Whilst suffering does not come from God, he does allow it (Job 1:8-22, 2:1-7). Why?

The cost of God giving humankind freewill to accept or reject a loving relationship with him was the risk that we would choose to reject God and bring on ourselves the consequences of sin, which is suffering.

The imperfections of a suffering creation are seen in two ways. First: it is seen in the suffering that is caused by moral evil. God has given us freewill to accept or reject his lordship. But this freedom has its risks. God risks that we would make bad choices – and suffer the consequences. Hitler made bad moral choices and caused horrendous suffering.

The other thing to remember is that although we may not be saved from hardships, we never need to face them alone.

Secondly: suffering is caused by physical evil (natural catastrophes), e.g. cancer, tsunamis etc. It seems as if the sinfulness of humankind has not only corrupted us, but also nature itself. This truth is taught in the Adam and Eve story in Genesis 3. We need to remember that just as the salvation of Jesus – whom the apostle Paul calls the ‘last Adam’ (1 Corinthians 15:45-49), reaches both back and forwards in history, so too can the sins of the first Adam, i.e. us, have consequences that flow back and forwards in history, corrupting creation.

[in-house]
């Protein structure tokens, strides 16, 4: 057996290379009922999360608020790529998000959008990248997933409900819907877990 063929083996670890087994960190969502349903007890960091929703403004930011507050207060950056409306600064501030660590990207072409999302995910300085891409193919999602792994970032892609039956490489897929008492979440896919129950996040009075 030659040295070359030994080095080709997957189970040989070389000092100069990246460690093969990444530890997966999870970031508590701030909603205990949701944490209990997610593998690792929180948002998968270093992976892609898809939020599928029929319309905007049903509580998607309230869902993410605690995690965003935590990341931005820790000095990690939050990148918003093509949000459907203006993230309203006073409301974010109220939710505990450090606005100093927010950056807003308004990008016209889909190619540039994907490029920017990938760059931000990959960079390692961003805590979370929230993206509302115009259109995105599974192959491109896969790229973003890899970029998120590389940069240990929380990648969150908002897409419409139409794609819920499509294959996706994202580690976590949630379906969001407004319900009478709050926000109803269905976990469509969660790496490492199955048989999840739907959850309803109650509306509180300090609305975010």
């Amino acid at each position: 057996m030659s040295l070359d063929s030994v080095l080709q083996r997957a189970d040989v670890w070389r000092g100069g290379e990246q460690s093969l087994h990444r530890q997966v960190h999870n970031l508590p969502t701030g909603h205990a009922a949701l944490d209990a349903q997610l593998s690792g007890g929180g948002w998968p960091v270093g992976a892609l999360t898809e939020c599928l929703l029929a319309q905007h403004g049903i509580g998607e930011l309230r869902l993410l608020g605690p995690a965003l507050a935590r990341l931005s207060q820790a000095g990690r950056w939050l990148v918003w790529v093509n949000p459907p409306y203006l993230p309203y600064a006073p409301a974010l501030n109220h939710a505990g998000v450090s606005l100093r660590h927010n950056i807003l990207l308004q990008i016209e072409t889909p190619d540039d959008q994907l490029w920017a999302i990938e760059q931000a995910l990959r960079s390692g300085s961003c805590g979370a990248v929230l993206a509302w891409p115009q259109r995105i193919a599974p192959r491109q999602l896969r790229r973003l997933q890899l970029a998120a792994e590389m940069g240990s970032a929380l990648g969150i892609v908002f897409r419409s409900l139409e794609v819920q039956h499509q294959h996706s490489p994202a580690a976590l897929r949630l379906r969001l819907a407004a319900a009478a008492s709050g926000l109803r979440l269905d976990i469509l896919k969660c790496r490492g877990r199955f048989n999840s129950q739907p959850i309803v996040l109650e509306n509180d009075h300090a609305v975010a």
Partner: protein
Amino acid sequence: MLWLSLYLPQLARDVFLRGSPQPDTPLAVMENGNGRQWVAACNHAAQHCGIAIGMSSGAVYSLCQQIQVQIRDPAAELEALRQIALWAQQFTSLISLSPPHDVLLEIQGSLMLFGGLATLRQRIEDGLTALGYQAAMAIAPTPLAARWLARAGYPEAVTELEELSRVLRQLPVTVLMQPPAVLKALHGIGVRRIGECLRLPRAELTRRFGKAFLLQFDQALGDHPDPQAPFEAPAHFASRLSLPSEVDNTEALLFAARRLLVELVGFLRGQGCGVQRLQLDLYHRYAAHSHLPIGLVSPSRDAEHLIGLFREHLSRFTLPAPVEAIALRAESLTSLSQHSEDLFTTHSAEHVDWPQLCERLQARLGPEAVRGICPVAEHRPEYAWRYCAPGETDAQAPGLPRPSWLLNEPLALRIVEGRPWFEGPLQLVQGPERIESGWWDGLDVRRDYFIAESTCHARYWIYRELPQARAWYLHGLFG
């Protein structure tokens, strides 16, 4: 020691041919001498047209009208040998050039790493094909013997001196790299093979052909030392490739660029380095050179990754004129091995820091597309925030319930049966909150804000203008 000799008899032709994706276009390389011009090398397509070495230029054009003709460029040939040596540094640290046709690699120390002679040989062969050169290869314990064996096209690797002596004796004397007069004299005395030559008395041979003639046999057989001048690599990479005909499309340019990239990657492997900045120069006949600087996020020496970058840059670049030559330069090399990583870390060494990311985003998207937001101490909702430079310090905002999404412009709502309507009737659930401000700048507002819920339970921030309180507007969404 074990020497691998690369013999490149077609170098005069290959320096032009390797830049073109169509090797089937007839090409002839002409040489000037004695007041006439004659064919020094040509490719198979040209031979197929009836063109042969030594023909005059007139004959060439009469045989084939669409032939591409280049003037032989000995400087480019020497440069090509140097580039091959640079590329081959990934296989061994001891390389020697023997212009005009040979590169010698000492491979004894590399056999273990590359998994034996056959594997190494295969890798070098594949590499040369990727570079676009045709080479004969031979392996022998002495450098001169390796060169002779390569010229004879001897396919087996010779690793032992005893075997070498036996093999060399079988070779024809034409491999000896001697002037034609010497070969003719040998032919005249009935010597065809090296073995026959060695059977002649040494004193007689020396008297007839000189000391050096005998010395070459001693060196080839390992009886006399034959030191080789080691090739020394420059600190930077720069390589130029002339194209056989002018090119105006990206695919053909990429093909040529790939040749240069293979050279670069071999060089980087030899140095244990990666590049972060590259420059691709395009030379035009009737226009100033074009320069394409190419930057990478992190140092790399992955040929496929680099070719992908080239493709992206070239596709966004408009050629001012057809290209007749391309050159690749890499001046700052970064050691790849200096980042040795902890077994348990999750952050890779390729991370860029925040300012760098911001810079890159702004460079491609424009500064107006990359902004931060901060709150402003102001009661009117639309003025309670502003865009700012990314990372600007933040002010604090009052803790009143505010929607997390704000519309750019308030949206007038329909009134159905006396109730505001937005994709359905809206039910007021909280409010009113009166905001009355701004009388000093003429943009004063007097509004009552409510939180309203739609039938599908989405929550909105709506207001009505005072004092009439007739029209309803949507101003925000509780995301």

A key assurance the Bible gives us is that God understands our suffering. He has shared it as Jesus (Isaiah 53:3-5; Hebrews 2:18; 4:15). But here’s a question: Is God just a compassionate spectator?